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Cover crops: What’s in it for a dairy farmer?

Michael Hutjens for Progressive Dairyman Published on 28 September 2018

Cover crops are “hot topics” in crop systems. Beef producers have used cover crops for fall, winter and spring pasture sources. Dairy producers need to consider adding this system on their dairy farms.

Cover crops are a tool to address several issues on dairy farms including reducing soil compaction, nutrient recycling, avoiding nutrient losses due to erosion, weed control or pest suppression.

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Cover plants can trap water that could run off, protect soil surfaces from wind and rain risks, and provide a valuable forage resource for various dairy animals depending on age (yearling heifers), level of milk production (low-production group) and gestation (dry cows).

Several questions are listed below to determine whether your dairy farm should use this tool and whether you are using cover crops correctly.

Q. Why are cover crops a ‘win-win-win’ option?

Answer: One “win” is the improvement in soil texture, nutrient utilization and soil conservation. The second “win” is for the dairy animal, as cover crops can provide an optimal profile of nutrients needed by various groups on the dairy farm (yearling heifers have lower forage quality needs, while high-producing cows require high-quality forage).

Cover crop selection and harvesting at optimal maturity can meet these needs. The third “win” is the dairy manager, providing flexibility in the forage program in case of forage shortages and maximizing feed production by double-cropping available acreage.

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Q. What are potential cover crop functions or roles?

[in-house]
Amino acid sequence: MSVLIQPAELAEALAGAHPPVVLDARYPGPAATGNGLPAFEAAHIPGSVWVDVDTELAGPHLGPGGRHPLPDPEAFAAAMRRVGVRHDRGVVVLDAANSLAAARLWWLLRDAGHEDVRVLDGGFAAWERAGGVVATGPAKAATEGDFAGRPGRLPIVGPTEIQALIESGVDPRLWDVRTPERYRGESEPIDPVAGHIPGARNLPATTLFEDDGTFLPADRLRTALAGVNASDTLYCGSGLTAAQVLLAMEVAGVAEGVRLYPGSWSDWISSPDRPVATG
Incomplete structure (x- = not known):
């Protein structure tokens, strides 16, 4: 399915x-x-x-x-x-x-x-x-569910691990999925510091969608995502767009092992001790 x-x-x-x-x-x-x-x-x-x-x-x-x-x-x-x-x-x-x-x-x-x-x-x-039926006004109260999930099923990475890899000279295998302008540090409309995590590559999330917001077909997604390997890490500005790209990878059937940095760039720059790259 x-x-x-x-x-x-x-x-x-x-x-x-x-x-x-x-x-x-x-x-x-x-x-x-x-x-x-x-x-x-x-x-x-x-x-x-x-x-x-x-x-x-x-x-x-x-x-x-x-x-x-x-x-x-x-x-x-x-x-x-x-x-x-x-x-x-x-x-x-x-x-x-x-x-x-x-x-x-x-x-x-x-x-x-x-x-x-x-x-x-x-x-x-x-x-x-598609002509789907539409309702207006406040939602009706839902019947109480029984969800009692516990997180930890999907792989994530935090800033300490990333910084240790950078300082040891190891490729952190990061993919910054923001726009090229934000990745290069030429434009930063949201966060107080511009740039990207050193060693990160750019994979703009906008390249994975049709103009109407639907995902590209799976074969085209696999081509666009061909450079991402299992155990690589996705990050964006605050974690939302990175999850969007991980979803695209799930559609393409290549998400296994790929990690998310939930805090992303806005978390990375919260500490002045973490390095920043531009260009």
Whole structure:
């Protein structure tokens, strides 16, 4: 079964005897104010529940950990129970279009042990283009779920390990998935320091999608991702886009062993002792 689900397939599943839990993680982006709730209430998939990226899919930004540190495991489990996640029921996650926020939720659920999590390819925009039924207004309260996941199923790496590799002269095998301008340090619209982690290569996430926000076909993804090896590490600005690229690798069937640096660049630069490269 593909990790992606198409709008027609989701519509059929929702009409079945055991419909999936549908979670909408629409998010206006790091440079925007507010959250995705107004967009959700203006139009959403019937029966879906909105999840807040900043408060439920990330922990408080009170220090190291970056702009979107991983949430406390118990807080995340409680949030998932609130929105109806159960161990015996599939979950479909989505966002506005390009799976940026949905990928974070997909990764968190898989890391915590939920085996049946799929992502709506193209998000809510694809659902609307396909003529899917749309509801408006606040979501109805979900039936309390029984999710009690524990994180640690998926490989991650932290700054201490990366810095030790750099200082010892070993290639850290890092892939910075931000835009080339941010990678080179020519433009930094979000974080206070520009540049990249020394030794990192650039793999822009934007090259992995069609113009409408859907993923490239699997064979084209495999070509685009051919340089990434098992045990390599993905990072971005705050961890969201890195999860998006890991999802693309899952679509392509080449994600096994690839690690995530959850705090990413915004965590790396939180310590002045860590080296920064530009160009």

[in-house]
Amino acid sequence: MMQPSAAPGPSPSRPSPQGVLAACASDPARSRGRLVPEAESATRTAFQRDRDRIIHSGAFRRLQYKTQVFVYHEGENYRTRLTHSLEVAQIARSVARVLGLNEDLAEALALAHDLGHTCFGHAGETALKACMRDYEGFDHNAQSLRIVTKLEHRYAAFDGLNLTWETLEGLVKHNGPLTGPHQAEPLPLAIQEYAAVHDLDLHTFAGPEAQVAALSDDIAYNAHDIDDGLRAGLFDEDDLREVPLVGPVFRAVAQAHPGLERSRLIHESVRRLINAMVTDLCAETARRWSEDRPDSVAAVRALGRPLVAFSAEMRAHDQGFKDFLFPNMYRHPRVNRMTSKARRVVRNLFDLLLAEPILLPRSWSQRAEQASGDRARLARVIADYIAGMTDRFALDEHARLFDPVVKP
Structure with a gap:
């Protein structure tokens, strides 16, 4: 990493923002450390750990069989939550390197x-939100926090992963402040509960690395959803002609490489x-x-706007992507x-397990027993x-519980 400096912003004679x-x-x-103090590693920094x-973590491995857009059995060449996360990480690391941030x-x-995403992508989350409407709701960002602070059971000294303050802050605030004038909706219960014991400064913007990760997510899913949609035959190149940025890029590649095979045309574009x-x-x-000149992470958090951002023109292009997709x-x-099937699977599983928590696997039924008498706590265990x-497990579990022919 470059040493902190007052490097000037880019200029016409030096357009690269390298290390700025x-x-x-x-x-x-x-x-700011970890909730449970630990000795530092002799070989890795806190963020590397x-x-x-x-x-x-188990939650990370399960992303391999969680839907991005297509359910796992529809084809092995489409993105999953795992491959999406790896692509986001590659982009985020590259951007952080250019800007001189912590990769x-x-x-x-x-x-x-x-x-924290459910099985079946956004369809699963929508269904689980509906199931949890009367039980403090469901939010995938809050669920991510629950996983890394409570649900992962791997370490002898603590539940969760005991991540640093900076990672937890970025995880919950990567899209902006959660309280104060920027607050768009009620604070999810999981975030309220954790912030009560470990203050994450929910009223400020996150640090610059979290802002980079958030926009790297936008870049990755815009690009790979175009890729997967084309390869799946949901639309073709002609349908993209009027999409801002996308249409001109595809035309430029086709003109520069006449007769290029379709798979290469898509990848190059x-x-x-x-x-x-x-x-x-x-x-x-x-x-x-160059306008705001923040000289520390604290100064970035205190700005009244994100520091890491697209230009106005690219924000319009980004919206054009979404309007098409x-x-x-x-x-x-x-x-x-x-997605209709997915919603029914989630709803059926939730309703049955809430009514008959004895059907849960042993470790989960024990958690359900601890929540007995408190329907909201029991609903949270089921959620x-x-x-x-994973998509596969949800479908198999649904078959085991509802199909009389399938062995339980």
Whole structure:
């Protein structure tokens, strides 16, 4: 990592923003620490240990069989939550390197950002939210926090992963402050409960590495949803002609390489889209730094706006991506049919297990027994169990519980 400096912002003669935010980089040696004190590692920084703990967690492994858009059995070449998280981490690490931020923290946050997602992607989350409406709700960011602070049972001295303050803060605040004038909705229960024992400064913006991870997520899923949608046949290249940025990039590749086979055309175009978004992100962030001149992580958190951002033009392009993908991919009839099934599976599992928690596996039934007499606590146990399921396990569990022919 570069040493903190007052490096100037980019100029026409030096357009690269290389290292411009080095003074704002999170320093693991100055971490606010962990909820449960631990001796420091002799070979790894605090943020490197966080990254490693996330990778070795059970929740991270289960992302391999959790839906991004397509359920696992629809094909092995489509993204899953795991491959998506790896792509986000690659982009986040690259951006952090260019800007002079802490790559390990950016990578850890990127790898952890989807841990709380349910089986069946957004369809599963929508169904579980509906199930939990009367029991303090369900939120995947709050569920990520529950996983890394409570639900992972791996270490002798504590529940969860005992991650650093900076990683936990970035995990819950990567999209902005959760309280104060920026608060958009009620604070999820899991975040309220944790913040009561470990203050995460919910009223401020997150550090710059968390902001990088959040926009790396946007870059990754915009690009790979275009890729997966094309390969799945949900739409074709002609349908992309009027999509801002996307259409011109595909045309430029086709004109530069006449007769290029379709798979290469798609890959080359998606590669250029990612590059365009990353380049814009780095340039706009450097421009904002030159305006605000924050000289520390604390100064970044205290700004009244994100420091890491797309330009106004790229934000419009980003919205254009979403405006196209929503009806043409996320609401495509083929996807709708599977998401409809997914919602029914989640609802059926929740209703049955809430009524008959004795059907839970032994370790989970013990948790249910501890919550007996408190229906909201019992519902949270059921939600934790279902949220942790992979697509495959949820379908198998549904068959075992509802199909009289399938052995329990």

Answer: Cover crops can reduce soil erosion, especially during winter when snow cover may be minimal and strong wind removes soil. Water erosion and runoff are minimized when cover crop roots stabilize soil and allow for water penetration. Soil health can be improved as roots penetrate soil and open the soil structure, reducing compaction.

Organic matter can increase in the soil, depending if plant dry matter is incorporated back into the soil or when roots degrade (especially tubers such as radishes or turnips). Soil nutrient profiles can improve due to nitrogen capture with legumes.

The cover crop can remove nitrogen and phosphorus, reducing nutrient levels in soil, preventing leaching of nutrients and balancing the nutrient profile, meeting soil nutrient guidelines (allowing for manure application).

Q. Why should a dairy farmer consider a cover crop?

Answer: Dairy farmers can double-crop their land resources, increasing forage inventory and dairy cattle carrying capacity on their farms. In Illinois, winter wheat provides several options:

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  • Winterkill of alfalfa can reduce spring forage resources. This loss cannot be predicted until spring, when stem and plant counts can be performed.

  • Winter wheat can be harvested as a wheat silage to provide extra forage and allow for another full-season crop such as corn, sorghum or soybeans.

  • Quality of wheat silage can vary depending on whether the forage is needed for high-producing cows (harvested at the boot stage or when heads are emerging out of the sheath) or for heifers and dry cows (harvested in the dough stage, doubling dry matter tonnage per acre).